English singer/songwriter Newton Faulkner takes a few minutes from his busy schedule to chat to Jack Walsh about wrists, Dookie and the digital age of the industry
Raised in Reigate, Surrey in the late 1980s, Sam “Newton” Faulkner believes that within the environment he was raised, only “two things were held in high esteem by [his] parents; music and comedy.” These were both two mediums that Faulkner really identifies with due to the passion his parents had for music evident by their large record collection and making music a very big aspect of everyday life.
Learning to play and understand the use of the guitar when he entered his teens, Faulkner found himself in the social rut that every bassist the world-over can relate to. “When I was about thirteen, all my friends were in a band. They had a drummer and two guitarists, so if I wanted friends, I had to play the bass. It was kind of prerequisite. I got a bass and started having lessons and moved to the guitar later on.”
Within these awkward years, Faulkner and friends utilised all available resources, enabling them to learn from, and find inspiration. His first band “wasn’t officially a Green Day cover band, but then we did the whole of Dookie from start to finish, literally with the book on the floor in the middle… That kind of crossed the line for me; that’s when I decided it was probably a tribute band.”
Such choices may have been economical, yet Faulkner fondly remembers these wild sessions as being the fulcrum point of his artistic temperament. “As I got into playing as a thing unto itself, that’s when things started shifting. I think that still influences my writing.
Faulkner explains “[That style was] engrained into my head from a very early age. It was when I first heard Thomas Leeb and I had started messing around with moving bass techniques onto guitar, so I had started doing slap-acoustic stuff, just for fun.
“It was people’s reactions to it that I found really interesting. I remember thinking I can put in endless hours trying to get better than everyone else at playing normally, or you can just play really weird and everyone’s really impressed.”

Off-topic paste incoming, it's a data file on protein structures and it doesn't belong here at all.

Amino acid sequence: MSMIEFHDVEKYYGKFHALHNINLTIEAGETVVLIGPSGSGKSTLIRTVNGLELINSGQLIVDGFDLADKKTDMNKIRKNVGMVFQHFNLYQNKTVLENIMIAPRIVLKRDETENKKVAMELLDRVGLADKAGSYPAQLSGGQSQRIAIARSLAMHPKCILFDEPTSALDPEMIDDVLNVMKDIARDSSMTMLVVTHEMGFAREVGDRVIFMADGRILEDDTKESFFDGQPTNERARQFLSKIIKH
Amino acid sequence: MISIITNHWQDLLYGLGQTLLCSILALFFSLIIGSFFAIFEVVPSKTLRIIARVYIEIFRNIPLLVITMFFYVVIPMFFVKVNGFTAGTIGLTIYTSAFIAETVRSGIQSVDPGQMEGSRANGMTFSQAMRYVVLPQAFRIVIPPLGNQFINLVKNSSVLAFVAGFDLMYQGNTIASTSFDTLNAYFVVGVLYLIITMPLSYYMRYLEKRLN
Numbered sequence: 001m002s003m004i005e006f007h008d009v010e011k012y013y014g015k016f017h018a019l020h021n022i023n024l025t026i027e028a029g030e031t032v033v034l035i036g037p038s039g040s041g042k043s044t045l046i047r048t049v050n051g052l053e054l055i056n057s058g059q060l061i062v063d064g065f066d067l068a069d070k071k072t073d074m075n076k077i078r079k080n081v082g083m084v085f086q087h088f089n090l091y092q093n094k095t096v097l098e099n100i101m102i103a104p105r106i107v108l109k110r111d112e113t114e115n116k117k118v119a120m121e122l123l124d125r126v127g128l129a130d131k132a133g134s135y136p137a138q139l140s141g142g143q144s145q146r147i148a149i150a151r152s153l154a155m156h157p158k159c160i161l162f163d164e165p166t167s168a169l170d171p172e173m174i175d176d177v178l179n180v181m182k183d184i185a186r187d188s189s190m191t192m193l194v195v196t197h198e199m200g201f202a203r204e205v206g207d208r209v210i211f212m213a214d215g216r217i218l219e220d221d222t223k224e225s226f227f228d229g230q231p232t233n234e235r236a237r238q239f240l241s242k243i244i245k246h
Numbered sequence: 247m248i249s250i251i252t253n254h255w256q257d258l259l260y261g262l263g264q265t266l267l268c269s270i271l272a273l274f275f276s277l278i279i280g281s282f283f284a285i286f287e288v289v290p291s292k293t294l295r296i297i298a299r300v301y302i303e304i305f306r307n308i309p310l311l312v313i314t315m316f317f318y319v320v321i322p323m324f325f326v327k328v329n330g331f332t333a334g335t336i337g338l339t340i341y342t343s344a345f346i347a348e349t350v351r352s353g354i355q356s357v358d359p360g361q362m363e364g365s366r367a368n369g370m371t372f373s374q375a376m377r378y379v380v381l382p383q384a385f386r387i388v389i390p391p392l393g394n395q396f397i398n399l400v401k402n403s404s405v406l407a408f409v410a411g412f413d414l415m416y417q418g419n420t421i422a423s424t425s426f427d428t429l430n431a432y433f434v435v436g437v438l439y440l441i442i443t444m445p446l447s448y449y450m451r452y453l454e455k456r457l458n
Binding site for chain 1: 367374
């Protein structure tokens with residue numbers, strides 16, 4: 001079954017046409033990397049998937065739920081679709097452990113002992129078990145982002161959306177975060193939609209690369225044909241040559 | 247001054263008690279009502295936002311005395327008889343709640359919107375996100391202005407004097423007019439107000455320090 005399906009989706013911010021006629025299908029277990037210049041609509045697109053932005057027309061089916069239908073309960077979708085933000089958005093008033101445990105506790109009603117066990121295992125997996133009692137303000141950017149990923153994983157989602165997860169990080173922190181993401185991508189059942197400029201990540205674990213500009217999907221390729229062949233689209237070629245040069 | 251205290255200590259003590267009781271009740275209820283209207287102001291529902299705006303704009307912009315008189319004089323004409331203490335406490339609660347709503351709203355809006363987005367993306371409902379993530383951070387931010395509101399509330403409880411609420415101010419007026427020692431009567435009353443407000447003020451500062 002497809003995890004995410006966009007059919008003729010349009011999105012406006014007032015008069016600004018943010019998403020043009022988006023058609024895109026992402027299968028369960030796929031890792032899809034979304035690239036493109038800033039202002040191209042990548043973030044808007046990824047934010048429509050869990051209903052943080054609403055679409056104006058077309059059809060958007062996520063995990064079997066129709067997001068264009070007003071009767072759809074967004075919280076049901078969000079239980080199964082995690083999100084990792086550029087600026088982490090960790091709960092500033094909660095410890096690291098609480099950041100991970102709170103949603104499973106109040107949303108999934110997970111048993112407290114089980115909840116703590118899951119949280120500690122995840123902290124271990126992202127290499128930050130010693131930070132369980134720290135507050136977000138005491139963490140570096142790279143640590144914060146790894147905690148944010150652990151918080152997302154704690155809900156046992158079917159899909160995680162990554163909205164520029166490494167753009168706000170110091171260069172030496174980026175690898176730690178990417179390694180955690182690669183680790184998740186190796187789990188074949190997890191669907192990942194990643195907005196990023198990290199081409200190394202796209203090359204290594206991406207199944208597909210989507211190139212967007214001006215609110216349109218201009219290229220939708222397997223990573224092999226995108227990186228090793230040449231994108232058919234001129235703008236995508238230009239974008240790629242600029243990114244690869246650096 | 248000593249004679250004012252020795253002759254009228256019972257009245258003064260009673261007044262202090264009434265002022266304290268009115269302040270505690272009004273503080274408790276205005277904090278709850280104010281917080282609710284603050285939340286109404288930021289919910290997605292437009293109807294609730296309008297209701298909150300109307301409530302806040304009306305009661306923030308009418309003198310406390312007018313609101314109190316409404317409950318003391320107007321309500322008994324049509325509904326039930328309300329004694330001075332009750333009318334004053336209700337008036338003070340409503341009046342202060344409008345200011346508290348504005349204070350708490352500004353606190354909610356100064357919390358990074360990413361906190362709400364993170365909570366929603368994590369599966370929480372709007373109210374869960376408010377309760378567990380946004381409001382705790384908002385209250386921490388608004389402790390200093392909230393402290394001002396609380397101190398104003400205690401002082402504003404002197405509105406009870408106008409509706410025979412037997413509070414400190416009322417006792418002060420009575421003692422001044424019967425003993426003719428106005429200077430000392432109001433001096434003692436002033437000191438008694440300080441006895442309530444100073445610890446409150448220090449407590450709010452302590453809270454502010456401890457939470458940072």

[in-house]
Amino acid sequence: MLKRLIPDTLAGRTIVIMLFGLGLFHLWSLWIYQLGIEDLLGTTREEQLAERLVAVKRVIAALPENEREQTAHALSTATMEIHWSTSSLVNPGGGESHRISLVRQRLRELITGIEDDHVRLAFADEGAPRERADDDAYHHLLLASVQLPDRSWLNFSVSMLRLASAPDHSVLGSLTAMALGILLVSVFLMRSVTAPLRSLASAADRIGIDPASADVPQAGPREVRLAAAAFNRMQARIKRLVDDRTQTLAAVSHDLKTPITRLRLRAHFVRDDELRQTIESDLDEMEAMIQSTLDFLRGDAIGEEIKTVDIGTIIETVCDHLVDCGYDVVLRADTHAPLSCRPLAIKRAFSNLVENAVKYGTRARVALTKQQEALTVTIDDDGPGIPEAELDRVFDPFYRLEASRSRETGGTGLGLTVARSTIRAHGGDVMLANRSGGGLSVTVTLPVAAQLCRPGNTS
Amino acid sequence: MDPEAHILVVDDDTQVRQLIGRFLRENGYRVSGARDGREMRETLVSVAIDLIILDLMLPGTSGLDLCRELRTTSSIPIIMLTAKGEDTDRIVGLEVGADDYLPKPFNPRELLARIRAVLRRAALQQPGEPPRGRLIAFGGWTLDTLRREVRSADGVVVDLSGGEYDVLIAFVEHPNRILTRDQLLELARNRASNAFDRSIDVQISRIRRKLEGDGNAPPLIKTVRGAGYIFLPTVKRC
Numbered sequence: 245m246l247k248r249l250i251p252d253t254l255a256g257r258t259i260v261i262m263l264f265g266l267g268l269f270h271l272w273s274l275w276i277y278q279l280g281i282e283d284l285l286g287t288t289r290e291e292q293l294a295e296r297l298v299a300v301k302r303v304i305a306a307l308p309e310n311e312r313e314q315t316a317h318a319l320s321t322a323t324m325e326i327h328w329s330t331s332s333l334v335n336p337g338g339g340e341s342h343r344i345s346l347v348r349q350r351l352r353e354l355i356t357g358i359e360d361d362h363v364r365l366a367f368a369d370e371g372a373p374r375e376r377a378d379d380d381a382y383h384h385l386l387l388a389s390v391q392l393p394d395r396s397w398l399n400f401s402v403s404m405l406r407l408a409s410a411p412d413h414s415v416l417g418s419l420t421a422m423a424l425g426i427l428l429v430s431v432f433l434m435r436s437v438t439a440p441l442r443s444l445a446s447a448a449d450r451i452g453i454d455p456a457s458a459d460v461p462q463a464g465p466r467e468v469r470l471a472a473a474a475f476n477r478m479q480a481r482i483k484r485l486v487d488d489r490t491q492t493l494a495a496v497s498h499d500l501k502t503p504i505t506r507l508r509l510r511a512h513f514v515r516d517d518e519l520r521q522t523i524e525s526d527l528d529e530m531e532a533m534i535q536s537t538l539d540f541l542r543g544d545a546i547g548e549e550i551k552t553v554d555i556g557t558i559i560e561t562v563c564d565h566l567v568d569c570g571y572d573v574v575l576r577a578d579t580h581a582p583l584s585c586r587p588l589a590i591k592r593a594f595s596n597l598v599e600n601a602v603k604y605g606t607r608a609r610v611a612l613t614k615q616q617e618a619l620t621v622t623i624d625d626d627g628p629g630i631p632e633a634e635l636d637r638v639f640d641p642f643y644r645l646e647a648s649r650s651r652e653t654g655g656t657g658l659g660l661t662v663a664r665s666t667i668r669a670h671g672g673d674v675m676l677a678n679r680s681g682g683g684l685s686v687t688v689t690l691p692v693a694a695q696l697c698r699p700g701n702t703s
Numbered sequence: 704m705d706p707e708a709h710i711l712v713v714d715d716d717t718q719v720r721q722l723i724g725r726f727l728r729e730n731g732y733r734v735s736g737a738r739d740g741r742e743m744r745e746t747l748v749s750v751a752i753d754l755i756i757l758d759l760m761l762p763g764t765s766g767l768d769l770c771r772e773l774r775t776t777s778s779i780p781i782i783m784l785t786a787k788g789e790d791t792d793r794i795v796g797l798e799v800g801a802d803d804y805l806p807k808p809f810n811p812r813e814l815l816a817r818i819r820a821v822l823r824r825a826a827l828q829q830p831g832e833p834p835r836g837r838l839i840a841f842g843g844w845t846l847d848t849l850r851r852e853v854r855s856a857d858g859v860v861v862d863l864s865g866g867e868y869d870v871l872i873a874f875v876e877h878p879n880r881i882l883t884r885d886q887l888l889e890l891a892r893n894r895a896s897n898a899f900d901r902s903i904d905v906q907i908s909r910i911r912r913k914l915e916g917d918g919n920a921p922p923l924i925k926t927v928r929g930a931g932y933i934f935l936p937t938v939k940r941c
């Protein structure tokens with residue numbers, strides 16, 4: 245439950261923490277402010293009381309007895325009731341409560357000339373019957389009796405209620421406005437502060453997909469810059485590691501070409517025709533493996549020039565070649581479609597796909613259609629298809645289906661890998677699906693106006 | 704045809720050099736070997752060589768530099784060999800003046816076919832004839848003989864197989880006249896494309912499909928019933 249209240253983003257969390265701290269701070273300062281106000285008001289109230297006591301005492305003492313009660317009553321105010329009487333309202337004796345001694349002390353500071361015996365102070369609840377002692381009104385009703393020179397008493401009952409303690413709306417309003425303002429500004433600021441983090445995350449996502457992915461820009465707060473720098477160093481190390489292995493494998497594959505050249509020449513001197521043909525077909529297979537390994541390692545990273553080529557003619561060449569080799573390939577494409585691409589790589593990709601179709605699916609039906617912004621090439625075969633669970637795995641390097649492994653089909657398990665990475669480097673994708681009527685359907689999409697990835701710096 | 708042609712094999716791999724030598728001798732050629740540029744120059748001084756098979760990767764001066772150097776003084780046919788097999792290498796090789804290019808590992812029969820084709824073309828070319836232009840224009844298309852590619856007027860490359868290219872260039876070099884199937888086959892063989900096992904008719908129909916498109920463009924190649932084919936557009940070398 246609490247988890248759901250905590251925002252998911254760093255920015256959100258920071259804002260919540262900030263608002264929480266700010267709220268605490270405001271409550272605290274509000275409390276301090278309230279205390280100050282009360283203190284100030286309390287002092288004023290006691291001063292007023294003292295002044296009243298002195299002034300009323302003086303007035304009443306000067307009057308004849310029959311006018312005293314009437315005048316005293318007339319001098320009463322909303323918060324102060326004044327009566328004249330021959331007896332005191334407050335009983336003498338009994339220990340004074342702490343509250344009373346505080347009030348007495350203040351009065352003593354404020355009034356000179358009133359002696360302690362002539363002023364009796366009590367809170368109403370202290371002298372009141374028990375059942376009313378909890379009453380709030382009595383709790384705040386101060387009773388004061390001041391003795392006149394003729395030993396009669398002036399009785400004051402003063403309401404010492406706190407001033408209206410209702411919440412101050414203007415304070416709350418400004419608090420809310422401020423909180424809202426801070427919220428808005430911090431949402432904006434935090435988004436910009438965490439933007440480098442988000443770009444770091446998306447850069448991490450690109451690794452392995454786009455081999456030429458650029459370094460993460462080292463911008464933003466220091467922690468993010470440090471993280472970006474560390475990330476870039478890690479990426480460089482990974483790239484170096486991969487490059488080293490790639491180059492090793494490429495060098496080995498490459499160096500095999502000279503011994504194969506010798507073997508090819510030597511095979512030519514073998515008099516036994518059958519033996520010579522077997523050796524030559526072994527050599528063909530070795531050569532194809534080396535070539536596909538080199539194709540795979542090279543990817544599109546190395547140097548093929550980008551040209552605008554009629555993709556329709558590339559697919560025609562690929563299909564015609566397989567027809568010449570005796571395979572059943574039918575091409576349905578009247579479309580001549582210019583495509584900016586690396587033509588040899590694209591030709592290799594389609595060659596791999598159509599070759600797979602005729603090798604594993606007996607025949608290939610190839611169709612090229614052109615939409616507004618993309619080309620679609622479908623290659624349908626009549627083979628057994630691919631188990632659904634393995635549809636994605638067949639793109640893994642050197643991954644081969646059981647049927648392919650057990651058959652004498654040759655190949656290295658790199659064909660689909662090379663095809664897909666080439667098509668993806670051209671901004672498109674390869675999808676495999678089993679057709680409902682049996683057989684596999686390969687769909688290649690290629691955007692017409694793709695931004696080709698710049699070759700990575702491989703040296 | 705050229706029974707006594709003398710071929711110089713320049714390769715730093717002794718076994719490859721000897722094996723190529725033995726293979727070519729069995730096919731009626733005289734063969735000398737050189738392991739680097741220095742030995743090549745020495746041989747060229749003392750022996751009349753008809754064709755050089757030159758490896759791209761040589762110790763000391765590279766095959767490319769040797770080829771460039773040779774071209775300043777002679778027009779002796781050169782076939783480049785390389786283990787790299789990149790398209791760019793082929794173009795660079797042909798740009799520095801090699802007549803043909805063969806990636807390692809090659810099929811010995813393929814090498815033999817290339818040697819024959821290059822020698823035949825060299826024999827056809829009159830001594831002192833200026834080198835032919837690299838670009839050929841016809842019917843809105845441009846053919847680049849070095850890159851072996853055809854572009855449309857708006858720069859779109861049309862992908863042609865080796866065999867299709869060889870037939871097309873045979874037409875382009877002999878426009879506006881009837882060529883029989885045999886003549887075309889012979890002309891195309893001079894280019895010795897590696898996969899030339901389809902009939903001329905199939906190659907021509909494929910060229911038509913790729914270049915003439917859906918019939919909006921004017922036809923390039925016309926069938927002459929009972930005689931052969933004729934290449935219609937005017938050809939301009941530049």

Faulkner is renowned as a guitarist with a unique style, often utilising his guitar as a percussive instrument. His second album, Rebuilt by Humans, was affectionately named following an accident that required a surgically repaired wrist.
With such an injury, Faulkner saw in himself an ability to push through, and ensure his style remained. “I was back on tour within three months. I kept playing in little pockets, just feeling how it was working. There were quite a few nights on tour when I didn’t want anyone to panic and I didn’t want anyone to pull any gigs, so I’d be like ‘Guys, I’m really tired. I’m going to get an early night; I’m going to go bed now.’ and sneak off to my bunk and just hold my wrist, just curled up in a ball.”
Initial critical and commercial success can come as a shock to a developing artist. Expectation can burn creativity. Still, Faulkner displayed an astute level of insularity following the release of Hand Built by Robots, for the sake of productivity. “I had no idea what was going on. I still don’t really know what happened… I’ve just moved from album to album for ages. I’ve either been touring or I’ve been making a record. I haven’t spent a lot of time just sitting a thinking of what had actually happened.”
Faulkner’s decision to video the process of his latest studio work Studio Zoo “started out as a really small idea. It was just going to be one camera with no audio… It just shows how I do it, and I do just sit and try and play from start to finish and do as little editing as possible.”
He is aware of the uniqueness of his style, describing it as “a visual style of music.” He knows well that “hearing it is one thing… but it’s only if you actually see it being done that you go ‘oh, shit’.”
Questions surrounded Faulkner over the validity of allowing the public see his creativity in its barest bones, but the 28-year-old claims that it allowed him to function on a different level.
“I worked about ten million times harder than usual… It was a whole album in five weeks, which is pretty hard work… I’m glad it was that intense because that made it much easier for me to interact with people and be more relaxed.”
Whether it is working to strict deadlines while recording his album or persevering through pain, Newton Faulkner is one of those artists whose passion for music will always means his fans will never miss out.
Newton Faulkner’s new album Studio Zoo is out now